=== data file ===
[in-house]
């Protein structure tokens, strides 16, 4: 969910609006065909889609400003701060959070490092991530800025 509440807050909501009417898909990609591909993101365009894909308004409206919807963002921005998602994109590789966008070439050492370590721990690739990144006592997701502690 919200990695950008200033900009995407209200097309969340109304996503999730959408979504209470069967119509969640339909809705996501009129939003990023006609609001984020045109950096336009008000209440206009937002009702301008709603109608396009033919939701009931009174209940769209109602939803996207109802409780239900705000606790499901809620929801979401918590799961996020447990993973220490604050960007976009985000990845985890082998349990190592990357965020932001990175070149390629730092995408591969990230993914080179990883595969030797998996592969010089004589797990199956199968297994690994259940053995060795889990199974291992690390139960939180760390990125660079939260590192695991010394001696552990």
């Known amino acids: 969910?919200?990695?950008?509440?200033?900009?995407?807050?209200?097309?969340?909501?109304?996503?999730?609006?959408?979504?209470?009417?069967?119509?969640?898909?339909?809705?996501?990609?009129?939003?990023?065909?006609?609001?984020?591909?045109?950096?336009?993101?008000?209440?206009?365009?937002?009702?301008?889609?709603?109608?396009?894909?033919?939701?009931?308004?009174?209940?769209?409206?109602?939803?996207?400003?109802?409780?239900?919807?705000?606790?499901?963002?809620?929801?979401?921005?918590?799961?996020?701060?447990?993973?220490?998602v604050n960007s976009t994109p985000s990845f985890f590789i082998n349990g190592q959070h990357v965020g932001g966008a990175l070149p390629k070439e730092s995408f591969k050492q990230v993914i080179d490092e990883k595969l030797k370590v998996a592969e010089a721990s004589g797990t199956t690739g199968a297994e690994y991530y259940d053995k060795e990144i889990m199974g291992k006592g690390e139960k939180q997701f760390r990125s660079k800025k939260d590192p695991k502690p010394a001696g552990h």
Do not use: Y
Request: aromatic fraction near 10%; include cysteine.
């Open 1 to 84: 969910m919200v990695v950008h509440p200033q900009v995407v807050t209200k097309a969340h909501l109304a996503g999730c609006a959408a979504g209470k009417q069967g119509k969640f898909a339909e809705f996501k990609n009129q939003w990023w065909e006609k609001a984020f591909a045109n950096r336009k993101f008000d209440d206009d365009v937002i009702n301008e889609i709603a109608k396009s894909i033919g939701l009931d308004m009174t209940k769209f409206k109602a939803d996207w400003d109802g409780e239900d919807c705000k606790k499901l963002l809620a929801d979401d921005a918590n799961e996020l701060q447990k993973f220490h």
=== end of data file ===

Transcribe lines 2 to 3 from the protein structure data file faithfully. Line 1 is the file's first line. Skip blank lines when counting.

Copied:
């Protein structure tokens, strides 16, 4: 969910609006065909889609400003701060959070490092991530800025 509440807050909501009417898909990609591909993101365009894909308004409206919807963002921005998602994109590789966008070439050492370590721990690739990144006592997701502690 919200990695950008200033900009995407209200097309969340109304996503999730959408979504209470069967119509969640339909809705996501009129939003990023006609609001984020045109950096336009008000209440206009937002009702301008709603109608396009033919939701009931009174209940769209109602939803996207109802409780239900705000606790499901809620929801979401918590799961996020447990993973220490604050960007976009985000990845985890082998349990190592990357965020932001990175070149390629730092995408591969990230993914080179990883595969030797998996592969010089004589797990199956199968297994690994259940053995060795889990199974291992690390139960939180760390990125660079939260590192695991010394001696552990």
């Known amino acids: 969910?919200?990695?950008?509440?200033?900009?995407?807050?209200?097309?969340?909501?109304?996503?999730?609006?959408?979504?209470?009417?069967?119509?969640?898909?339909?809705?996501?990609?009129?939003?990023?065909?006609?609001?984020?591909?045109?950096?336009?993101?008000?209440?206009?365009?937002?009702?301008?889609?709603?109608?396009?894909?033919?939701?009931?308004?009174?209940?769209?409206?109602?939803?996207?400003?109802?409780?239900?919807?705000?606790?499901?963002?809620?929801?979401?921005?918590?799961?996020?701060?447990?993973?220490?998602v604050n960007s976009t994109p985000s990845f985890f590789i082998n349990g190592q959070h990357v965020g932001g966008a990175l070149p390629k070439e730092s995408f591969k050492q990230v993914i080179d490092e990883k595969l030797k370590v998996a592969e010089a721990s004589g797990t199956t690739g199968a297994e690994y991530y259940d053995k060795e990144i889990m199974g291992k006592g690390e139960k939180q997701f760390r990125s660079k800025k939260d590192p695991k502690p010394a001696g552990h």